Thanks to Anna Wilson for finding this article

Who will win the election?

By John David Rose
Carolina Morning News

Think About It.

Before answering the question in the headline, consider the new electronic voting machines mandated by Congress to be in use in every voting district by 2006.

Election officers are jumping on the bandwagon just as fast as federal money is made available. So far 37 states have bought more than 40,000 of the most popular machine, the Diebold Accuvote-TS.

I'm told by Tom Hatfield, chairman of the Beaufort County Election Commission, that South Carolina has not yet made its purchase decision, but that it's imminent.

The electronic machines allow you to simply touch the screen to indicate your votes, go through some kind of confirmation process and, voila!, your vote is counted and sent to election headquarters.

There go hanging chad problems. But wait, the electronic voting machines present one not-so-small problem themselves. They can't be trusted.

Numbers of computer scientists report that the Diebold Accuvote-TS can be manipulated. It can be surreptitiously "adjusted" to favor one candidate over another. Furthermore, manipulations are not recorded and cannot be detected.

This past July, computer scientists from Johns Hopkins and Rice universities published a scathing review of the Diebold machine, declaring that the software was full of security gaps and easily open to fraud.

Federal Election Commission tests do not test for security. A computer scientist at Stanford University declares that any statements by the makers of the machines, or states buying them "that the machines are secure is hot air."

The Atlanta Journal-Constitution reported Aug. 23: "Roxanne Jekot, a 51-year-old computer program developer from Cumming, Ga., said she and a few expert friends could crack Georgia's $54 million touch-screen voting system in a matter of minutes."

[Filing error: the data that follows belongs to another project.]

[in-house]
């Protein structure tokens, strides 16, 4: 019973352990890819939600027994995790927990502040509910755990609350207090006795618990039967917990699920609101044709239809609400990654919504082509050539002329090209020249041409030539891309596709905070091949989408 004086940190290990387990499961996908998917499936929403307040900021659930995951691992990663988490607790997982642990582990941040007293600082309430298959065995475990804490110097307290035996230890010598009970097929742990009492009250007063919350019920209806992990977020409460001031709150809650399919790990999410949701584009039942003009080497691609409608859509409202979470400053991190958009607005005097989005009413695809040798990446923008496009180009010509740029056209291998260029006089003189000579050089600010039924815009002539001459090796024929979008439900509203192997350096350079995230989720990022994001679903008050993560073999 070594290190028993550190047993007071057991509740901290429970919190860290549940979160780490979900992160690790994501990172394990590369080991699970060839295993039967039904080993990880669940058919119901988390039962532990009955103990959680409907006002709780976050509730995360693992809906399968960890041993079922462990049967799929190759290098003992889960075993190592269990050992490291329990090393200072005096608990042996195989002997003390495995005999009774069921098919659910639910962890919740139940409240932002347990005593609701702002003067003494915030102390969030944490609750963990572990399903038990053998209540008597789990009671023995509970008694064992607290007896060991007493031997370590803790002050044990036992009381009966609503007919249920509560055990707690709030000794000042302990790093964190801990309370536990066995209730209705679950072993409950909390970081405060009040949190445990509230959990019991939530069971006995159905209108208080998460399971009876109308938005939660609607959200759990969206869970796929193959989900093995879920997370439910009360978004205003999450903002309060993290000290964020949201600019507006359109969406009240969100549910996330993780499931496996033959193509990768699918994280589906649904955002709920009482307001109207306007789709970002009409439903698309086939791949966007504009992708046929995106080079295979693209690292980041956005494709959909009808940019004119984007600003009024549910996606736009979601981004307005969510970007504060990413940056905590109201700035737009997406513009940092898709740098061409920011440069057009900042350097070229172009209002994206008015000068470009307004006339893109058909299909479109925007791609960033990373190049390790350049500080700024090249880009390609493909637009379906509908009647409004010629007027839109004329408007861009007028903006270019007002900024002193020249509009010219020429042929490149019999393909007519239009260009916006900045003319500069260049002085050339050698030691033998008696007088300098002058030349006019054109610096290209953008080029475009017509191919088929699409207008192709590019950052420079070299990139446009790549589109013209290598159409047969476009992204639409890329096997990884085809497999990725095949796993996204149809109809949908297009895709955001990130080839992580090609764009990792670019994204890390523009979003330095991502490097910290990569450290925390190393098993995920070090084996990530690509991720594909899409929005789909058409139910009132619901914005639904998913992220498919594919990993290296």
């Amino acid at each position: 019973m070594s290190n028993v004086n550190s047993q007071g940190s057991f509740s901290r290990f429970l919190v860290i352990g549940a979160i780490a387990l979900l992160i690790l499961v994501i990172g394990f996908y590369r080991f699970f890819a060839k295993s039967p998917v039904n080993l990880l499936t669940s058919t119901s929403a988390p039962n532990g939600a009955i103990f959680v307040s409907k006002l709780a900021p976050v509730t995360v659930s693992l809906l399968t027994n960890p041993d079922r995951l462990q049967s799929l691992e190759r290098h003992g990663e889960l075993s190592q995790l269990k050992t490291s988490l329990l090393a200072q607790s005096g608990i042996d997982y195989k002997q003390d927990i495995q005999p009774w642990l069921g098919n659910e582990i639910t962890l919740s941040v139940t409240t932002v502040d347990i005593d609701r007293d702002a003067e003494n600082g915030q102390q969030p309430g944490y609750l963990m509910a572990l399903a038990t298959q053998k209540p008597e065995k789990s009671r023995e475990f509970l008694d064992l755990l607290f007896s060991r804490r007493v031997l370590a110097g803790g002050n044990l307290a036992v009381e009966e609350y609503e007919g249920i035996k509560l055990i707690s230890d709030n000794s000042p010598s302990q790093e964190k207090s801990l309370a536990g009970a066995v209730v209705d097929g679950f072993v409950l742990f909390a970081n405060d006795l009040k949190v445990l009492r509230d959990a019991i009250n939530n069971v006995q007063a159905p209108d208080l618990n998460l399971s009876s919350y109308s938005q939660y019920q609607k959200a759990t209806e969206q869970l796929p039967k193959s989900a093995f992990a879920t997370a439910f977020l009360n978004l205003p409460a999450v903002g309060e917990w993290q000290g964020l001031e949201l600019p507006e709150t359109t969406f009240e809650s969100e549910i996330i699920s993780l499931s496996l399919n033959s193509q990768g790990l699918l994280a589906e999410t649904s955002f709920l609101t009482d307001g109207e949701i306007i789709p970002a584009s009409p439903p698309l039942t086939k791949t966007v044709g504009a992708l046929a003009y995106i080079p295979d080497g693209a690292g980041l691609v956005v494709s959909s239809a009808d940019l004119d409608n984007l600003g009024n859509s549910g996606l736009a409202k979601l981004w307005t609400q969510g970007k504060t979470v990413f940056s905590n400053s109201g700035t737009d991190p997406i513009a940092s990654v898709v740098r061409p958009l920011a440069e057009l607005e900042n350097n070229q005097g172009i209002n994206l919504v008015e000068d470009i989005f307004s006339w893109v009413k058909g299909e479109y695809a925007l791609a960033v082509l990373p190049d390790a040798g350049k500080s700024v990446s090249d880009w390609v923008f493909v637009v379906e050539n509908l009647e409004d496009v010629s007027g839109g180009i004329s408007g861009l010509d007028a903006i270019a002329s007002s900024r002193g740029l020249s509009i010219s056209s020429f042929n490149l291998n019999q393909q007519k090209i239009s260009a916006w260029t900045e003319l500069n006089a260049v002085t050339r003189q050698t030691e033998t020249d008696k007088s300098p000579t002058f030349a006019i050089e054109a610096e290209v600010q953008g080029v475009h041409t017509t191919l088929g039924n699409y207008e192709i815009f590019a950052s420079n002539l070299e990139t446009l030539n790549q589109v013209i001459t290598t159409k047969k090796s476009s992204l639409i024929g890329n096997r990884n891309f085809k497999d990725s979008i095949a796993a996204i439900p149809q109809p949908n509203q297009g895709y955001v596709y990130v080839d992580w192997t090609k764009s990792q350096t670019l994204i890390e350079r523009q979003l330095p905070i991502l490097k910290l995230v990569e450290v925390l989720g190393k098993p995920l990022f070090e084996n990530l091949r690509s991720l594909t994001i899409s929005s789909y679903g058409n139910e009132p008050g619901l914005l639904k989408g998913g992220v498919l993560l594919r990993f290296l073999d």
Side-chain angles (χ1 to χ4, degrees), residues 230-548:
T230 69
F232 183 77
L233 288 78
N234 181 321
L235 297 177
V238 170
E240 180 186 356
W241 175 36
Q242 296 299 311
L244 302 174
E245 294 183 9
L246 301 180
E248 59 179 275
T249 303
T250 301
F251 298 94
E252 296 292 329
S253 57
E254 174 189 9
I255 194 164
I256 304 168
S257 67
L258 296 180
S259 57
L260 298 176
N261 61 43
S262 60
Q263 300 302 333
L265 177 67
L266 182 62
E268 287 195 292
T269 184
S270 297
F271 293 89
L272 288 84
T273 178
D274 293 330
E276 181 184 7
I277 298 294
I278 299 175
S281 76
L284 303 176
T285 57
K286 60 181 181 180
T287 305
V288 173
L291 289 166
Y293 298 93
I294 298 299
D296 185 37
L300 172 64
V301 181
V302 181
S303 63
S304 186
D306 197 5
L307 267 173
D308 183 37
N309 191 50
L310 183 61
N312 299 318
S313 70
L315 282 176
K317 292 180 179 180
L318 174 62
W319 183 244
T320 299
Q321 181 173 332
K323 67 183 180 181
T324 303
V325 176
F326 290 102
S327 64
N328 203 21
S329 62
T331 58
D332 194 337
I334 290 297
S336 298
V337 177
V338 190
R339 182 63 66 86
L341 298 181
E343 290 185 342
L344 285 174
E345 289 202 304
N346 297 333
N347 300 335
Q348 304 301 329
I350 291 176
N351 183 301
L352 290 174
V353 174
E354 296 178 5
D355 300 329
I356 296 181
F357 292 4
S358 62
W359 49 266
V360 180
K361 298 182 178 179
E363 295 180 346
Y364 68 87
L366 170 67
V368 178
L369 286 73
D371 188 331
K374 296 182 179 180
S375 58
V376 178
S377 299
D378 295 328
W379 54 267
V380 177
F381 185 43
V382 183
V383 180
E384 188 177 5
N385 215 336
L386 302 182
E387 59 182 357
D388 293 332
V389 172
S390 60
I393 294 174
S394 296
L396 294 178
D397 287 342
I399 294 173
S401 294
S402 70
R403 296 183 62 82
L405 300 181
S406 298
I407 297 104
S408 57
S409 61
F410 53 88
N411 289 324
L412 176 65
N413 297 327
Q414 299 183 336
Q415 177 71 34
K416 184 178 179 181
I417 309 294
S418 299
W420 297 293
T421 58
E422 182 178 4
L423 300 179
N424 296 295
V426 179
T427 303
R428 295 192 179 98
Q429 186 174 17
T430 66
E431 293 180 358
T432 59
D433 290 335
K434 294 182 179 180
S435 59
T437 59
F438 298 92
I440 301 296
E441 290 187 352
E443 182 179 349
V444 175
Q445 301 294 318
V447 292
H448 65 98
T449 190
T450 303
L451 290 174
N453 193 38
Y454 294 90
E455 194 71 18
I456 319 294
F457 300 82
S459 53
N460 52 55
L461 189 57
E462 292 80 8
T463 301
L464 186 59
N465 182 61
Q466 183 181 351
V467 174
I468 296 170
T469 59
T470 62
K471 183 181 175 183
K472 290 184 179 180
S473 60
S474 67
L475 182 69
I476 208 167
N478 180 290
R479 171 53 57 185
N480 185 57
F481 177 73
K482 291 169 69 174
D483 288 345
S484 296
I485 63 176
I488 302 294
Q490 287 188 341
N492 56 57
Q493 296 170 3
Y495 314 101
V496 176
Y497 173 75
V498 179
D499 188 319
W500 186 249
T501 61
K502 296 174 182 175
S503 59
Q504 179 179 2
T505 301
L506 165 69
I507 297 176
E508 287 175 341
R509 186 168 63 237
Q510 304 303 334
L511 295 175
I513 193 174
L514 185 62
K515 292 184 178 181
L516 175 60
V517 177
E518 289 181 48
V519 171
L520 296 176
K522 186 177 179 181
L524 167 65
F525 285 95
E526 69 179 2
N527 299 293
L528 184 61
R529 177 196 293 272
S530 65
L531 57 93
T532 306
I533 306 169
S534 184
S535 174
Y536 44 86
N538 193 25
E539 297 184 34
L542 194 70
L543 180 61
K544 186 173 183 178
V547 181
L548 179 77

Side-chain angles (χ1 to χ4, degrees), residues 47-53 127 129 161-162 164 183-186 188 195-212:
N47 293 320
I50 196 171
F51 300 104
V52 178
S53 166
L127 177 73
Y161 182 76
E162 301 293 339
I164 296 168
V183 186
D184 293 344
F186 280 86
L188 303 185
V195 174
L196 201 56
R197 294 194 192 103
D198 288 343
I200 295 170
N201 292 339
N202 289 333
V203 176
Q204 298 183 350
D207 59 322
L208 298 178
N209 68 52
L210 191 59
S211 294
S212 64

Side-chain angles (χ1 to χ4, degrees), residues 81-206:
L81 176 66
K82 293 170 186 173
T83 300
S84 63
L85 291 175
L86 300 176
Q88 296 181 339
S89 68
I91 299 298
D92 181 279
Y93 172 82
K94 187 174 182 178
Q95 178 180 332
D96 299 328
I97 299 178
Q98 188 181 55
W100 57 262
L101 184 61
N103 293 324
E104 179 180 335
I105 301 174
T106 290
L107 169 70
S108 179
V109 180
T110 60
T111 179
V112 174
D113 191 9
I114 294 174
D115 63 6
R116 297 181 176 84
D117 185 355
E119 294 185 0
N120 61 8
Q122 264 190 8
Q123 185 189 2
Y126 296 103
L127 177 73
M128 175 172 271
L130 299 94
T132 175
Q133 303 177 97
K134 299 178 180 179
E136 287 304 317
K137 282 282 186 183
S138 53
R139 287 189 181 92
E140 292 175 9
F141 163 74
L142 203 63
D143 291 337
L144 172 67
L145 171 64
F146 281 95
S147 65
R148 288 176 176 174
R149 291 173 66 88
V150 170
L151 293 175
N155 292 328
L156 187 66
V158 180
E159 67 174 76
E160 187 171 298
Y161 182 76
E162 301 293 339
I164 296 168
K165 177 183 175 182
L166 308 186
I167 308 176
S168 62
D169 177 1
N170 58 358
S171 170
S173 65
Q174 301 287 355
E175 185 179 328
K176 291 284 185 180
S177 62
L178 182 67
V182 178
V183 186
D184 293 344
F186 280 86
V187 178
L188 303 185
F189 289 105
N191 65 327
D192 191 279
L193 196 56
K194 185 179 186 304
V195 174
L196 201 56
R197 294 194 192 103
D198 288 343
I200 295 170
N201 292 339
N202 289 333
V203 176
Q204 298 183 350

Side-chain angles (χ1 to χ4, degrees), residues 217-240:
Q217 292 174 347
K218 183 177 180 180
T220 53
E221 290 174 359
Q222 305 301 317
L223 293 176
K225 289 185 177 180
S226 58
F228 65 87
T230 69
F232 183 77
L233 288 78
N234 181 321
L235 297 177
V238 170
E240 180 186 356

Put that bit of news together with the fact that the rabidly partisan president of Diebold is on record as stating that he is "committed" to re-electing Bush (Associated Press, Aug. 28.)

To discover how serious these problems are, go to

Nothing is more important to democracy than honest elections. Any responsible public official would want to know that the voting process was as fraud-proof as possible.

Even cradle Republicans ought to be concerned with the potential for vote fraud with these new voting machines. Without a hard copy of every vote - a permanent record - how will you or anyone ever know if an election has been conducted honestly?

As Joseph Stalin reportedly said: "It's not who votes that counts, it's who counts."

There is a simple, low-cost solution. For less than $200 a machine, electronic voting machines can print out each voter's selections. The voter signs that and deposits it as a permanent record in the lock box. If fraud is suspected, a recount of the physical ballots can be made.

Congressman Rush Holt of New Jersey and 30 co-sponsors (all Democrats, no Republicans have so-far joined in) have introduced the Voter Confidence Act, HR 2239, which would require a voter-verifiable audit trail on every voting system.

I urge every reader to call our South Carolina and federal representatives immediately. Tell them that a voter-verifiable paper ballot is absolutely critical. South Carolina must not purchase machines without them.

Without a paper record, no one will ever believe the next election was fair and honest. And no one should.

State Sen. Scott Richardson, 363-5000.

State Rep. Bill Herbkersman, 757-7900.

U.S. Sen. Ernest Hollings, (202) 224-6121.

U.S. Rep. Joe Wilson, (202) 225-2452.

John David Rose is a long-time Hilton Head Islander and political observer.